Since CEN/CENELEC is not a primary publisher, the original EN document without a cover sheet is not a legally valid document. The official English language editions of EN documents are published by BSI, German language by DIN (Deutsches Institut fur Normung), and French by AFNOR (Association Francaise de Normalisation). Remember: This means that every EN publication has two dates: The original EN document date when the standard was finalized by CEN or CENELEC, and the cover sheet date when the standard was adopted by the particular EU member nation.

The national publication is a benefit of membership

FISO and CEN/CENELEC membership consists of the standards bodies of the various member nations, and the revenue from the sale of standards is important to these institutions.

For the U.S., the American National Standards Institute (ANSI) represents our interests, in Britain the British Standards Institute, and so on. When ANSI sells an ISO document, part of the revenue goes to ANSI and part to ISO.

However, when ANSI adopts and republishes an ISO document as an ANSI/ISO, then no royalty payment is due to ISO and ANSI or its issuing body (like ASQ) can keep it all. So, ASQ-Q9001 is the American translation of the ISO-9001 and is identical to the ISO edition, with the exception of American spellings for the original British spellings of the original ISO publication. 

Which version should I use?

Since the "meat" of the document is the same in all cases, the answer lies in the administrative notes that matter to you. We advise customers to determine why they are getting the document in the first place. If you have an auditor or a particular customer in mind, check with that person to determine their preference. Or you may be working on marketing your product into a specific country.

If there is no political reason to prefer one copy over another, then you can choose based on speed of delivery or cost.

Concept Roundup

In summary, the DIN-EN-ISO-9001 is the European adoption of ISO-9001, as adopted and published by DIN. If it is a German language publication, it is the official EN German language publication. If it is in English or French, it is unofficial unless registered, but textually identical to the official publications in those languages.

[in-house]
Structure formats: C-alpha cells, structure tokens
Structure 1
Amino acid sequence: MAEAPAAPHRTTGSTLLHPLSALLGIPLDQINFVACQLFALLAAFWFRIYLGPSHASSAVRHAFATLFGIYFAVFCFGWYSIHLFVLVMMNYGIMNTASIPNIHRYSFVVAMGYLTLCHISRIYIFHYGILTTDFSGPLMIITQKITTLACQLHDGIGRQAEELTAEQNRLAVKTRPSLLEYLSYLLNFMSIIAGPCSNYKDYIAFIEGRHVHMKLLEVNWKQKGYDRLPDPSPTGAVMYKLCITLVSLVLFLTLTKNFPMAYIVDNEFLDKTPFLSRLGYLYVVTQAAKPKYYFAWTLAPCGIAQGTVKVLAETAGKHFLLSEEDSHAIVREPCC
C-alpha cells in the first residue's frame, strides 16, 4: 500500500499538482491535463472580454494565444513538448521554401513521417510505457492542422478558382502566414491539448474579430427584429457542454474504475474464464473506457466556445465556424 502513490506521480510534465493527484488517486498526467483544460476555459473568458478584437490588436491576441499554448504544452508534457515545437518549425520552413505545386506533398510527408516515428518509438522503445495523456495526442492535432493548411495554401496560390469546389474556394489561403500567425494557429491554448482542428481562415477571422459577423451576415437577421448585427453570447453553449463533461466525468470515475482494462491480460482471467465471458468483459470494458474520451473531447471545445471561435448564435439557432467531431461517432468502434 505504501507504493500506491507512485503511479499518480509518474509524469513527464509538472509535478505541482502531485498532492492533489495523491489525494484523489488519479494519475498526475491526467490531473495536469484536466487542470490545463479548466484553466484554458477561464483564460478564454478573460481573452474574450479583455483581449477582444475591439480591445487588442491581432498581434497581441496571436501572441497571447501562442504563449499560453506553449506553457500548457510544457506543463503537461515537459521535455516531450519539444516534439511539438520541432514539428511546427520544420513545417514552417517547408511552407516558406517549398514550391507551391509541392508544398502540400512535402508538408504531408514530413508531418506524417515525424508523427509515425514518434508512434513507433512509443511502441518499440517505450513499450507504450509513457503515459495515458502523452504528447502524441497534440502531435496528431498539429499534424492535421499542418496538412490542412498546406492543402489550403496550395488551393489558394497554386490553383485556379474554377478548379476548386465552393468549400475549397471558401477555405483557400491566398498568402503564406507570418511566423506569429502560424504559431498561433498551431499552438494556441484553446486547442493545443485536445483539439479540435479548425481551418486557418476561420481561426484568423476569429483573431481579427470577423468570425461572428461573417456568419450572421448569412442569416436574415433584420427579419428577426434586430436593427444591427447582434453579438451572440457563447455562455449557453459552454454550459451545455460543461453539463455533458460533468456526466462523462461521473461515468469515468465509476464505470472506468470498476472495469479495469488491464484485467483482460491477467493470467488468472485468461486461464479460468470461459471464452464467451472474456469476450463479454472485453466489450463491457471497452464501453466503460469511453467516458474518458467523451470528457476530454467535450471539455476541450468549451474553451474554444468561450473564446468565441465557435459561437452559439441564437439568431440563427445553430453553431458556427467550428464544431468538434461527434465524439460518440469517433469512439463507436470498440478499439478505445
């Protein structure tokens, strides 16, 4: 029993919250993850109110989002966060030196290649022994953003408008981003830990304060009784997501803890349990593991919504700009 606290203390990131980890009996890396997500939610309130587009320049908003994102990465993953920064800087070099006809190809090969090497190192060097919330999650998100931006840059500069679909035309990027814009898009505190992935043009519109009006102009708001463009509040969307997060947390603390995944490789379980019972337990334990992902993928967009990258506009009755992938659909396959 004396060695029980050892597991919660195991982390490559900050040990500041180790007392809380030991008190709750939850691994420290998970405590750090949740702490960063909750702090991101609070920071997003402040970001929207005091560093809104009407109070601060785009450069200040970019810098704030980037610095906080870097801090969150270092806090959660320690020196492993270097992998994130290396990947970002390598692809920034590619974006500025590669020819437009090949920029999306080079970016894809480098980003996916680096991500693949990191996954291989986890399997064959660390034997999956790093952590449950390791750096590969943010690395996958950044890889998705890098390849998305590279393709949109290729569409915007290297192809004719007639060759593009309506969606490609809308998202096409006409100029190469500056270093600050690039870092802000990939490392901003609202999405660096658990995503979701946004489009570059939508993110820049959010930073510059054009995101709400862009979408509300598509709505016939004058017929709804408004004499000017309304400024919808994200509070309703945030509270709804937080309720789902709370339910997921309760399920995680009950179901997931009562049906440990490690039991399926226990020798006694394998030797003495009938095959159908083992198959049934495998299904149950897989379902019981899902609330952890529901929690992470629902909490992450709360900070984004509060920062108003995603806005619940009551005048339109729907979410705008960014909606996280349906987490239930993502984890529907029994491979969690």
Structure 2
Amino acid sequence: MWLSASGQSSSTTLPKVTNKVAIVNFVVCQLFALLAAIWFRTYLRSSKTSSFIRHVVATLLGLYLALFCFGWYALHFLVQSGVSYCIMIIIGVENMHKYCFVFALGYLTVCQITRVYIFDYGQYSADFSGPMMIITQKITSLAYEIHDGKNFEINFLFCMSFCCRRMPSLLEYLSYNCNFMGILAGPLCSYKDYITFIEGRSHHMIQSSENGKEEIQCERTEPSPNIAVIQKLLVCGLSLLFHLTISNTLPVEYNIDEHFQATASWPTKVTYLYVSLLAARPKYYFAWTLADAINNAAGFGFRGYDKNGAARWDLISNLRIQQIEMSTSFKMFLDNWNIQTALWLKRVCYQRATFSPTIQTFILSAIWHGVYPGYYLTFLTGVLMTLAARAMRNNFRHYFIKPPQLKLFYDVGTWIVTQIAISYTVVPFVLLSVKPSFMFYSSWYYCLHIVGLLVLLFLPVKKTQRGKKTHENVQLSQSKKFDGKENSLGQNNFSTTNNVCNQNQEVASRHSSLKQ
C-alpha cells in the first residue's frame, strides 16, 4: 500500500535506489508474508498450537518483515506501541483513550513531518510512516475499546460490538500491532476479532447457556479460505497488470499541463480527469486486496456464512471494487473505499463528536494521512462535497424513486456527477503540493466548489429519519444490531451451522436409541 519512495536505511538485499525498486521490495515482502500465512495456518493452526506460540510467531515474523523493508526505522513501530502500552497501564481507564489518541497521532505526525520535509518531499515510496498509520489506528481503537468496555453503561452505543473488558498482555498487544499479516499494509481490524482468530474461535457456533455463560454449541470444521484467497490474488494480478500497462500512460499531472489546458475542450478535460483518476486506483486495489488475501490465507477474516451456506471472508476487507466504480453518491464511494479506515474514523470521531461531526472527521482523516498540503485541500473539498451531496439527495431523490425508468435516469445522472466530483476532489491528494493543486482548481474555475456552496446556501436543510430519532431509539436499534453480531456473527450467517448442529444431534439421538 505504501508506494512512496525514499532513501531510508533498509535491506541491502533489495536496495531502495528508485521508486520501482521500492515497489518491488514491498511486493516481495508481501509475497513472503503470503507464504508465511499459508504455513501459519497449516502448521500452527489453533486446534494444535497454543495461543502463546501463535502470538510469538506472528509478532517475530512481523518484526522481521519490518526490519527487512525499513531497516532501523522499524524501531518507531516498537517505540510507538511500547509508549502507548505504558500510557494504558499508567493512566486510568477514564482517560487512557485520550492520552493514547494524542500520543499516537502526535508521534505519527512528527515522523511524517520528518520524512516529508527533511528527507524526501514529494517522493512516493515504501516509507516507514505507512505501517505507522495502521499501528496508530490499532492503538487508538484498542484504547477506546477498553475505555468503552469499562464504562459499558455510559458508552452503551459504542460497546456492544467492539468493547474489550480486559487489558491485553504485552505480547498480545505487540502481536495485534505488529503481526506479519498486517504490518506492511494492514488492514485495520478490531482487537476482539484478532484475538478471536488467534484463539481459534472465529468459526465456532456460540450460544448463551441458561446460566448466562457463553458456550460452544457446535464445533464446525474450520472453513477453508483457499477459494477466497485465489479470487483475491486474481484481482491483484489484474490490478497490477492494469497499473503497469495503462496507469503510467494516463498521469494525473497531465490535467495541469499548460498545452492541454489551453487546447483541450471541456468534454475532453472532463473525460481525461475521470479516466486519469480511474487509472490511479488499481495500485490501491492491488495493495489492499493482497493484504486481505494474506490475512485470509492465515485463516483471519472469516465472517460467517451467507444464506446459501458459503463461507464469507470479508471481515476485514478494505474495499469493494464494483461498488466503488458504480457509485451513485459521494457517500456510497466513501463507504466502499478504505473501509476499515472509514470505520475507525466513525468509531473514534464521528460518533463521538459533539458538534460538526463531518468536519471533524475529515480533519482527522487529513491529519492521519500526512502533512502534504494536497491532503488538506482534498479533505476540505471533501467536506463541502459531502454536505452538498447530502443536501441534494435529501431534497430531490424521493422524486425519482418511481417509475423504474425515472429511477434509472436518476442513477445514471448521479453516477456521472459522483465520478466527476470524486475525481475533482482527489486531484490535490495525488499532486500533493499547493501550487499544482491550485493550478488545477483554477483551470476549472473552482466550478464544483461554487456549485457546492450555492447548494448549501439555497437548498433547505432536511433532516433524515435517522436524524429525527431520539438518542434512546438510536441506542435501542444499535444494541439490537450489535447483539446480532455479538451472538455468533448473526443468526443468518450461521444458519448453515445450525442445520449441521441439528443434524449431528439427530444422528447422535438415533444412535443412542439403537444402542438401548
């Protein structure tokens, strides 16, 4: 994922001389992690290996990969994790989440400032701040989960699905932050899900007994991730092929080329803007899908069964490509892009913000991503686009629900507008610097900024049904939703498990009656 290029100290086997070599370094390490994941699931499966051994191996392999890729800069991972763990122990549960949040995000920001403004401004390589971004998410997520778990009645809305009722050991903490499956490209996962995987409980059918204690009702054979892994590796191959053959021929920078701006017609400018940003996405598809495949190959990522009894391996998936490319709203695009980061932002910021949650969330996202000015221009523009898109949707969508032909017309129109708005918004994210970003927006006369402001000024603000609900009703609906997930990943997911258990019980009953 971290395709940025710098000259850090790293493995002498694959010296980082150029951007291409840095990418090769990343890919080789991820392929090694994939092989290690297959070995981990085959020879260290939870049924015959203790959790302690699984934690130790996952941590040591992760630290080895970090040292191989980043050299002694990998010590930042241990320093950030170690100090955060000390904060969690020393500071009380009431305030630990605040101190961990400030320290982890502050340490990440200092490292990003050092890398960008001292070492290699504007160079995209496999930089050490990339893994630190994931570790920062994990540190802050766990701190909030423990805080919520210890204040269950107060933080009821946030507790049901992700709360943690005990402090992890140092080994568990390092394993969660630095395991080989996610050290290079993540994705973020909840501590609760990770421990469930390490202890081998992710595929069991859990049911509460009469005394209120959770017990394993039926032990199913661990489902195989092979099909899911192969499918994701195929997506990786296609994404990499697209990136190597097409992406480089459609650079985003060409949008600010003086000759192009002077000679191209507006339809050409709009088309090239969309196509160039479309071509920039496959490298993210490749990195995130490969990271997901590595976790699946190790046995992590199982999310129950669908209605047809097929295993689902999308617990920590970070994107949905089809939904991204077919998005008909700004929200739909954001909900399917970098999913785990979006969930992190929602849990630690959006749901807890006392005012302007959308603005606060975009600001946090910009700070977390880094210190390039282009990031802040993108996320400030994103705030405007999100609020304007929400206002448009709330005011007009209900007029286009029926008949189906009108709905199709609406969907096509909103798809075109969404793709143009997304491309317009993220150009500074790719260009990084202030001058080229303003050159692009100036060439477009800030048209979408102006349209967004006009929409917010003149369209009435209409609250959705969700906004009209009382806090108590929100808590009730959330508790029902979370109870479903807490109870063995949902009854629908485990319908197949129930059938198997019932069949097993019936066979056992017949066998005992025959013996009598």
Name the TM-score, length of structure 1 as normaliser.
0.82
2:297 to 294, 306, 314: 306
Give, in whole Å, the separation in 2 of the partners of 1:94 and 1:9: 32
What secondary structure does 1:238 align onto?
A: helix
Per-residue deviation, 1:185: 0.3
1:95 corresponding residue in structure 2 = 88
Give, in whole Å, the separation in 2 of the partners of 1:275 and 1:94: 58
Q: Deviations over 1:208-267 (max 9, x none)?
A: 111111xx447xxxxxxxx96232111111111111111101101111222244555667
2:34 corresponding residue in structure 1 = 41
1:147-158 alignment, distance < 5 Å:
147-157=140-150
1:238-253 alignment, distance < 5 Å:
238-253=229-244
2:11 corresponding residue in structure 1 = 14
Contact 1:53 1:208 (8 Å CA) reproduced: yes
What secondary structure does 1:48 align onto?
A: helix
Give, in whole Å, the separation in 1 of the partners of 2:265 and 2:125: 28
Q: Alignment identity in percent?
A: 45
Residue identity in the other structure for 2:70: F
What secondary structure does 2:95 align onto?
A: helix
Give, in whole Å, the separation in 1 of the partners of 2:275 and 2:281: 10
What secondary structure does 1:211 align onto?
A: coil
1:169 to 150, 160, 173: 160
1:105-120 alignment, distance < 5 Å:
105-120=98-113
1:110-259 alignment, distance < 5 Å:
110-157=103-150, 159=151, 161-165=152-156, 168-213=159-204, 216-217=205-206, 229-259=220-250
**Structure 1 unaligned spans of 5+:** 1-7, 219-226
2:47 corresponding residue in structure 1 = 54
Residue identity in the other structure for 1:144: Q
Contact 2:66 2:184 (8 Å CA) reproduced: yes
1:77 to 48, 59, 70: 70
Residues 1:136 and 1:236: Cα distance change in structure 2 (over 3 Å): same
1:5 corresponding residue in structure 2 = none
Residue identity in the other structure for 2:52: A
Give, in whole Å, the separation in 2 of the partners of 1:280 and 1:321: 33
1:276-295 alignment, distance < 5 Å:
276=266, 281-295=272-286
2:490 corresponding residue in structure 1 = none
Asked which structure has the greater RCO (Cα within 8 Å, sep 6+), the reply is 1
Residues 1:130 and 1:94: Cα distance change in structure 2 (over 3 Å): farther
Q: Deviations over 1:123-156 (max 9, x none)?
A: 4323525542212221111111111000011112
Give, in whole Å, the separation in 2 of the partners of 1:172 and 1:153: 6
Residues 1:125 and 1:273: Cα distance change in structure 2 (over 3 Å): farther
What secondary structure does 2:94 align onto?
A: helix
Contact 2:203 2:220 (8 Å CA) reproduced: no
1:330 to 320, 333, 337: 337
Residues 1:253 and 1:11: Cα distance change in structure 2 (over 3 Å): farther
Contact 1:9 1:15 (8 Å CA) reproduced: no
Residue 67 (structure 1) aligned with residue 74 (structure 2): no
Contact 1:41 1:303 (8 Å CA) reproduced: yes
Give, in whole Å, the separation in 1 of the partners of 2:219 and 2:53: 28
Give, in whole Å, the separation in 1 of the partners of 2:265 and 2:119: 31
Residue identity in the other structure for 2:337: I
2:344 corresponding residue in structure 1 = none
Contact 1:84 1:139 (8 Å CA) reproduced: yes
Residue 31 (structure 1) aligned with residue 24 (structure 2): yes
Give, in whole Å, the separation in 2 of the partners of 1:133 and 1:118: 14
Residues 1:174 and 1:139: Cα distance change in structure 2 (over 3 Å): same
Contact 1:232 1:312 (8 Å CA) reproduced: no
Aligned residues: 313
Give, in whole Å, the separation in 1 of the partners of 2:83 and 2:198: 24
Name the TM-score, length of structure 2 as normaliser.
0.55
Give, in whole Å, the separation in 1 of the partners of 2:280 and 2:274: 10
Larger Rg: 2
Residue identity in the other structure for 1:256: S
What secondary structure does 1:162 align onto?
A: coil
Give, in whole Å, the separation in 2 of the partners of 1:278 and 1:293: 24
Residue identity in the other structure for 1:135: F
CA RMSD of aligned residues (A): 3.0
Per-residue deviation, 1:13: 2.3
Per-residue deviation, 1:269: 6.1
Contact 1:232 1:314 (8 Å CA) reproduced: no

The BS-EN-ISO-9001 is the official English language version of the same document, with the same ISO inside the same EN administrative layer, but with the British administrative outer "bread."

Of course, the EN-ISO-9001 will be published by all the EU nations that adopt it, so now there are many where originally we only had one. Each publication will have it's own cover sheet, specifying how the adoption has been implemented.

With the high level of effort that it is taking the Europeans to create a harmonized marketplace and the challenge of the candidate nations who are looking for entry into the European trade region, the internal political reality is the driving force behind European standards at the present time. Much to America's surprise, our "one world, one standard" has turned out to be "one world, one standard many times!"

Claudia Bach is President of Document Center, Inc., an information delivery service based in Belmont, CA. The company has complete collections of specifications and standards from both government sources and industry associations. She can be reached by phone at (650) 591-7600, by fax at (650) 591-7617, by e-mail at, or on the web at